Snoring is a very common problem. You may snore simply because your anatomy has caused you to have a relatively narrow upper airway. This can be because of a set back lower jaw, a large tongue, a long soft palate. You may have developed enlarged tonsils, but most commonly it is one of the consequences of weight gain.
If the snoring has developed over the same period that you have gained weight the solution is clear...lose the weight. If, however, snoring has developed suddenly and there has been no weight gain you should seek medical (or dental) advice. It is extremely rare but snoring can develop as a result of other lumps developing in the throat and nasal passages and sometimes these are tumours that need urgent treatment. I would stress again that this is really rare, but examining the throat is an essential part of any consultation about snoring.
If you have had a sleep study and OSA has been ruled out and weight loss has not resolved the problem then there are other options. As snoring is caused by the airflow becoming turbulent because of a reduced breathing passage, and this turbulence causes the soft palate to vibrate, the options for treatment revolve around either increasing the size of the breathing passage or excising the "floppy" bits of the soft palate and stiffening the soft palate.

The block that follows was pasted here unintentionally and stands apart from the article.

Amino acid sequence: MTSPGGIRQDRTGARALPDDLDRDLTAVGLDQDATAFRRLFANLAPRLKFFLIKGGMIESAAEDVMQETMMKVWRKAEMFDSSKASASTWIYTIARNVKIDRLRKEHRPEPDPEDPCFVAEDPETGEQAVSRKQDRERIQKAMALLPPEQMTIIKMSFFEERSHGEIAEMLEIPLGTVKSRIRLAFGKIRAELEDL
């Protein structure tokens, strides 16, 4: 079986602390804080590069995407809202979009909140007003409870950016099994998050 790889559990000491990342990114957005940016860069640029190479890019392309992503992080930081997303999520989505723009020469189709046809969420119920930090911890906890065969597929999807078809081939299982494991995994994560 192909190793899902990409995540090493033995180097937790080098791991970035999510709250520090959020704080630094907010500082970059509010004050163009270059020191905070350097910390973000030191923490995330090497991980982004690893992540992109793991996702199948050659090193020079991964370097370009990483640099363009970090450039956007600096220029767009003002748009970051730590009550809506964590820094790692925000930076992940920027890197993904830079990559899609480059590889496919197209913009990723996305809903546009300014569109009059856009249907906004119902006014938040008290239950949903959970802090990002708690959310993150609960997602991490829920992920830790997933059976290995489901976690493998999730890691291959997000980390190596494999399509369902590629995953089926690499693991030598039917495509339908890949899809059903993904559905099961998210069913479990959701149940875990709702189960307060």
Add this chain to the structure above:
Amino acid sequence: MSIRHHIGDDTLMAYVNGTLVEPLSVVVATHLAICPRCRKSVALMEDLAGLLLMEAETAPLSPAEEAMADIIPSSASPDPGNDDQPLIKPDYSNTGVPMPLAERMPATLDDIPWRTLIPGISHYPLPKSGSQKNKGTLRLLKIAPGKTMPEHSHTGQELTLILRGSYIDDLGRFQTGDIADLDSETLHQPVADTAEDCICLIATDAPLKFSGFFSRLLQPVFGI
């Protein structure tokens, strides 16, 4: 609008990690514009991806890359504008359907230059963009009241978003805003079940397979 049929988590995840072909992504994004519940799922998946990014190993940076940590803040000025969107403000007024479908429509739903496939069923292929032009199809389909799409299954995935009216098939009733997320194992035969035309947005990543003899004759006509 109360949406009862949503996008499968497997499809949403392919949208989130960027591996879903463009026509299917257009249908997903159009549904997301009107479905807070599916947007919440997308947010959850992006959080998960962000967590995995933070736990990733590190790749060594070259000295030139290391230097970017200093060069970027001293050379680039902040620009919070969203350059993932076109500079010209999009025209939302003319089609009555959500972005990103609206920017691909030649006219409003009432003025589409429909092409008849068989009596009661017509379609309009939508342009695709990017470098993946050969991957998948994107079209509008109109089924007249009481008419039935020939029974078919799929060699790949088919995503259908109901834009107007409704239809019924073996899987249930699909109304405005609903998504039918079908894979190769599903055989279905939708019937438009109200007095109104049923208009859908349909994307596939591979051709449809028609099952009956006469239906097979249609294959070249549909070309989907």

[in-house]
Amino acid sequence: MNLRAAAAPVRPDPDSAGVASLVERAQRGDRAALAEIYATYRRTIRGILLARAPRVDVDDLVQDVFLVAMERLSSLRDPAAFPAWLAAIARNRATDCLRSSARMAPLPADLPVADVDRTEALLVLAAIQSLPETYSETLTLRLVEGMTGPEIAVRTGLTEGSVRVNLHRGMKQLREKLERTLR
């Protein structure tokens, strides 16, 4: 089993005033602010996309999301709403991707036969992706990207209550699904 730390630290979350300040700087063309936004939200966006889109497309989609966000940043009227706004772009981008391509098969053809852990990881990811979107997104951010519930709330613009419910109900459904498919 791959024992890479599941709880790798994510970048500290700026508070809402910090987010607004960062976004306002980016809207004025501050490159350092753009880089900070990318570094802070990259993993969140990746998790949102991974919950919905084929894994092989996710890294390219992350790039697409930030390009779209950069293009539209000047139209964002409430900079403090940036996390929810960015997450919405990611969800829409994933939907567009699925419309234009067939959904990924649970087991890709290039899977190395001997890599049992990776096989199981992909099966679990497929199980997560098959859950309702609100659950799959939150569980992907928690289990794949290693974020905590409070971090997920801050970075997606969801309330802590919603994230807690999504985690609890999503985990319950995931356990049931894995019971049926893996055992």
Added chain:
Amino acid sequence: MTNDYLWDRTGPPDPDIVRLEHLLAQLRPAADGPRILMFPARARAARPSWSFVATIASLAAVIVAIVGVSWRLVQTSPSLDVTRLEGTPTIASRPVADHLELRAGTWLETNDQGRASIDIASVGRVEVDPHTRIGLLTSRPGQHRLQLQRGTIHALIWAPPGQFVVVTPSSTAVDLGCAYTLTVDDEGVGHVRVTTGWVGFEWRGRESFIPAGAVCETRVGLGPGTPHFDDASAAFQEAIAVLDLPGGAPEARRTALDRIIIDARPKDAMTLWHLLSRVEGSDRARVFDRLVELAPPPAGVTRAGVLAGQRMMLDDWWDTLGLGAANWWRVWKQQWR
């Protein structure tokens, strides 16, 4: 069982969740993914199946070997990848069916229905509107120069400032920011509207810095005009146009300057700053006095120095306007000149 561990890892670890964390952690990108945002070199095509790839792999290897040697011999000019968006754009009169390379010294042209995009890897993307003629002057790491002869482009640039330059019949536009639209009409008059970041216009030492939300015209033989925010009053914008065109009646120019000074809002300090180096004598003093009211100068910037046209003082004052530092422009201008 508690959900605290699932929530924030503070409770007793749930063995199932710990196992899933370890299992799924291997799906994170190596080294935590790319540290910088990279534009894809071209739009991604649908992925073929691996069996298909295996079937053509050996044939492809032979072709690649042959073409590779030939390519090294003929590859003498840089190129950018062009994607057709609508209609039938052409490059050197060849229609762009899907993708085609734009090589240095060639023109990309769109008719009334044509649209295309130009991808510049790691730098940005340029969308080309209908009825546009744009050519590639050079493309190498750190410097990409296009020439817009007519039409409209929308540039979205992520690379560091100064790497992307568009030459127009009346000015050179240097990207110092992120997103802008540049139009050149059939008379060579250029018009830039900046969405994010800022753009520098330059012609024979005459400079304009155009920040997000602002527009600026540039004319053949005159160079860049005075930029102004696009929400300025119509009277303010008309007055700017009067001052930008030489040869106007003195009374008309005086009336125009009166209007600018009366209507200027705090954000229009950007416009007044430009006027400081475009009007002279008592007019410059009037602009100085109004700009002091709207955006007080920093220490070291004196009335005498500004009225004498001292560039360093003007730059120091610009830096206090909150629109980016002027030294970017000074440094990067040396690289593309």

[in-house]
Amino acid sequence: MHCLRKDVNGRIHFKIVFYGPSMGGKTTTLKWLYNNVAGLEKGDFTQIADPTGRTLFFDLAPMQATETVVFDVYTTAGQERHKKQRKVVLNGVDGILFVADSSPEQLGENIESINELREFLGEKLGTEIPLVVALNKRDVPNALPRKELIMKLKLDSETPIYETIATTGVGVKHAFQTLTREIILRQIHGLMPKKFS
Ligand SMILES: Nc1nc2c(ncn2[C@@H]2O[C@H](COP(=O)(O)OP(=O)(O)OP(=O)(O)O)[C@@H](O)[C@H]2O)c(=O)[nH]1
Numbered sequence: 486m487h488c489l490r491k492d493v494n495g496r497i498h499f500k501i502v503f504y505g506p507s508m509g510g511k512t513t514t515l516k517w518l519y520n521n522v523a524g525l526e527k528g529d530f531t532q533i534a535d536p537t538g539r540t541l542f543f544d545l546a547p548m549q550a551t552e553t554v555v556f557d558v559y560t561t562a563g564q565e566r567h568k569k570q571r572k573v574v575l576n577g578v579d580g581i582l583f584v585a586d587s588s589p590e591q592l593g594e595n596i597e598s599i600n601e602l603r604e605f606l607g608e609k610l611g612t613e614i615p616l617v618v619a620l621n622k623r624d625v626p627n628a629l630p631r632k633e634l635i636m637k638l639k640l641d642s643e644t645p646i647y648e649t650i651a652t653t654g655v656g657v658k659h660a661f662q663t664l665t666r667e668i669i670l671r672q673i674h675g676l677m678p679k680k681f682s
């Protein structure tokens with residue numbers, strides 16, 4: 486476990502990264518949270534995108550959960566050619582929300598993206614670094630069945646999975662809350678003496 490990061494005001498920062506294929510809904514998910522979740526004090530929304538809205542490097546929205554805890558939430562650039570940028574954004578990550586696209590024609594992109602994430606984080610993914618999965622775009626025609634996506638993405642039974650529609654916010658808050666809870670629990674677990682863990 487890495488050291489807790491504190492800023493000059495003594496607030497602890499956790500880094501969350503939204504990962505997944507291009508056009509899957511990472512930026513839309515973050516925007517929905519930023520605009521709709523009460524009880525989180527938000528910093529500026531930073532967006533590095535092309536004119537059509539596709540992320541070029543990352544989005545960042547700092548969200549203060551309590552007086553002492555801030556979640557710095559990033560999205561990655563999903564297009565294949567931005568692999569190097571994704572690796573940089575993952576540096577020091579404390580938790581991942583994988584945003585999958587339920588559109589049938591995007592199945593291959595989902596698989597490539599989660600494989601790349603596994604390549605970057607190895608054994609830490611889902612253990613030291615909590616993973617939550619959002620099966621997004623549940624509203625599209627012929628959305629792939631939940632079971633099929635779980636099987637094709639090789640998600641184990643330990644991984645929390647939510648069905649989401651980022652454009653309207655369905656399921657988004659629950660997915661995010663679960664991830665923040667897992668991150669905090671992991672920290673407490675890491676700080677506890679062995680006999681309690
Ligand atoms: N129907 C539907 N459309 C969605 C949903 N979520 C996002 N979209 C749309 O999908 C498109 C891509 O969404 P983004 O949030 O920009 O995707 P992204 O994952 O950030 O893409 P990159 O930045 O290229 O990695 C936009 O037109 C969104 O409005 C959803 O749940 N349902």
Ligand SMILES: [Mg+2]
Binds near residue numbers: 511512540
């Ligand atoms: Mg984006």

Enlarging the upper airway is not as simple as it sounds. The upper airway is a design compromise. We have to breathe and swallow through the same passage. An ideal breathing tube is a semi-rigid tube like the windpipe. An ideal swallowing passage is a collapsible muscular tube. The upper airway is a collapsible muscular tube held open by muscle. If we put some scaffolding in to hold the airway open swallowing would be impossible.